So yesterday, I went back to what I’d written, and I read through it with a few essential questions and reminders in my mind. What details were distracting my readers? What details needed to be added to keep readers as tightly connected to what was happening as possible? If something wasn’t helping to set the mood, contribute to foreshadowing, or build tension, it had to go.
It took me three solid hours to revise my first draft of chapter X and fix all the issues I’d identified. Three well-spent hours, if I do say so myself. I ended up with something much stronger than it had been.
That said, it took yet another night’s sleep to realize that I had an even bigger problem on my hands. I’d written a revelation chapter, and the revelation was huge. HUGE. It needed an appropriate build-up of tension and stress preceding it to have the TKO impact I was going for.
Unfortunately, I’d used only the first half of the chapter to generate tension, because I’d dropped the reveal in the middle of the narrative. The rest was all character reaction, or denouement. Whoops! That structure works for some chapters, but not for this one. This chapter needs to jack the tension and up the stakes right to the last possible moment. It needs to build readers’ anxiety and anticipation as much as possible.
This morning, I rewrote the second half of the chapter. I added more moments of interiority to help my readers see and feel the growing horror in my characters’ minds. I drew more attention to the meta-stakes, and I dropped the reveal where it would do the most emotional damage!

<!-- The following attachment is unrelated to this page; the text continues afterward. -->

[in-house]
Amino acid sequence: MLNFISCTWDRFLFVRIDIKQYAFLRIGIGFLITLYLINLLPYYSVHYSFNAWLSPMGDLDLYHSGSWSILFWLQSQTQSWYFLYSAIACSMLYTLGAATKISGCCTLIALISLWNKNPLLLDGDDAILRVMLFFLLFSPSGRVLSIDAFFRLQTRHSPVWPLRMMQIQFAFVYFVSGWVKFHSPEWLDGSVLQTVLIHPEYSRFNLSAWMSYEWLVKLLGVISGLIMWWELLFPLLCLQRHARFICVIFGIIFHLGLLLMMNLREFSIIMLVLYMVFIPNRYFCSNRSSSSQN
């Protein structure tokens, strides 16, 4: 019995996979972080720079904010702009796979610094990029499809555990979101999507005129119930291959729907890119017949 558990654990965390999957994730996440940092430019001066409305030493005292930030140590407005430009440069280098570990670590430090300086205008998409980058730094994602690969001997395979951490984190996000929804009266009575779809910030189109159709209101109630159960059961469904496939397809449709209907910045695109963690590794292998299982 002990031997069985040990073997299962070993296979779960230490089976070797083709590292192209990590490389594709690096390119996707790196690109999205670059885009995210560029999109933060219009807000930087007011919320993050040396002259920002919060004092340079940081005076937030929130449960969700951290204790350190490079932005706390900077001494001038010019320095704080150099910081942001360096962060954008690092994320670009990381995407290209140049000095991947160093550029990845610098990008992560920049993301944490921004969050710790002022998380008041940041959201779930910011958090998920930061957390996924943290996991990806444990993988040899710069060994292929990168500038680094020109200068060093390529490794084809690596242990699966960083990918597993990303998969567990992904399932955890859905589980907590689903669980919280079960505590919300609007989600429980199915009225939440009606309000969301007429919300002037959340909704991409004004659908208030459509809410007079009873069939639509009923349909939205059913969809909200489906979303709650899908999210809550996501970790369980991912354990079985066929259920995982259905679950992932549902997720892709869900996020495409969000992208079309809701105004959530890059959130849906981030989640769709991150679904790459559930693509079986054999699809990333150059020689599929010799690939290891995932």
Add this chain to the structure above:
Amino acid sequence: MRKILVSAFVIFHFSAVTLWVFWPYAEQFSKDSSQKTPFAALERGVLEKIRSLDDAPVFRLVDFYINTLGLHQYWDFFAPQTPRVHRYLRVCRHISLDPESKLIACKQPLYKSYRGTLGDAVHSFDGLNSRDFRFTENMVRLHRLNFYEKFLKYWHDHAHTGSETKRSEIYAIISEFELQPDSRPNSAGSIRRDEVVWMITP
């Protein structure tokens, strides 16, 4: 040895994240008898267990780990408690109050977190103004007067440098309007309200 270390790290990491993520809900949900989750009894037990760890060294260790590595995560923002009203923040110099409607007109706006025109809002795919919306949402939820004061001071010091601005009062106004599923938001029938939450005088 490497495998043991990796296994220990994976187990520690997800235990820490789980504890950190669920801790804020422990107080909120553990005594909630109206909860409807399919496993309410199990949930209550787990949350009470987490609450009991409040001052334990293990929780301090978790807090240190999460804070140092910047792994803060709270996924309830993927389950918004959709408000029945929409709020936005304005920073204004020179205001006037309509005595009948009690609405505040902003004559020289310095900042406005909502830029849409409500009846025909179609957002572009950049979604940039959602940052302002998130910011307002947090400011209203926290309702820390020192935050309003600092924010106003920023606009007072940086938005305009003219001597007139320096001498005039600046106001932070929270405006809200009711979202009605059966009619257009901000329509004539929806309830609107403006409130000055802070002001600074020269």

Now I’m ready to move forward with this manuscript. I need to tweak the chapter that follows this one to make it a more effective reflection chapter. Emotionally charged, of course, but quiet in terms of plot. Readers will have a chance to catch their breath and process what they just found out. And, with the metaplot revealed and the stakes re-established, the characters have passed a point of no return. Now that the truth has been revealed, there can be no going back for anyone.
Isn’t writing fun?!
Craft Book Recommendations!
If you’re interested in craft books that discuss narrative structure intelligently and in a way that is directly useful, I have a couple of recommendations.
The first is MAKE A SCENE by Jordan E. Rosenfeld. I own this book. It is annotated cover to cover.
The second book I think all writers should own is REVISING FICTION by David Madden. It is (in my opinion) the best book in existence concerning revision work. A must-have reference. Sadly, it is out of print, so you’ll need to do a bit of searching to find a copy.
Well, that’s enough blogging for one day. Time to get back to revising. Thanks for stopping by, and happy writing to you.
How much thought do you give to the structure of your chapters as you either write or revise the first draft? Any tips or tricks to share with the rest of us? Feel free to share in the comments!
Very insightful. Thanks for sharing. 🙂
Anna from elements of emaginette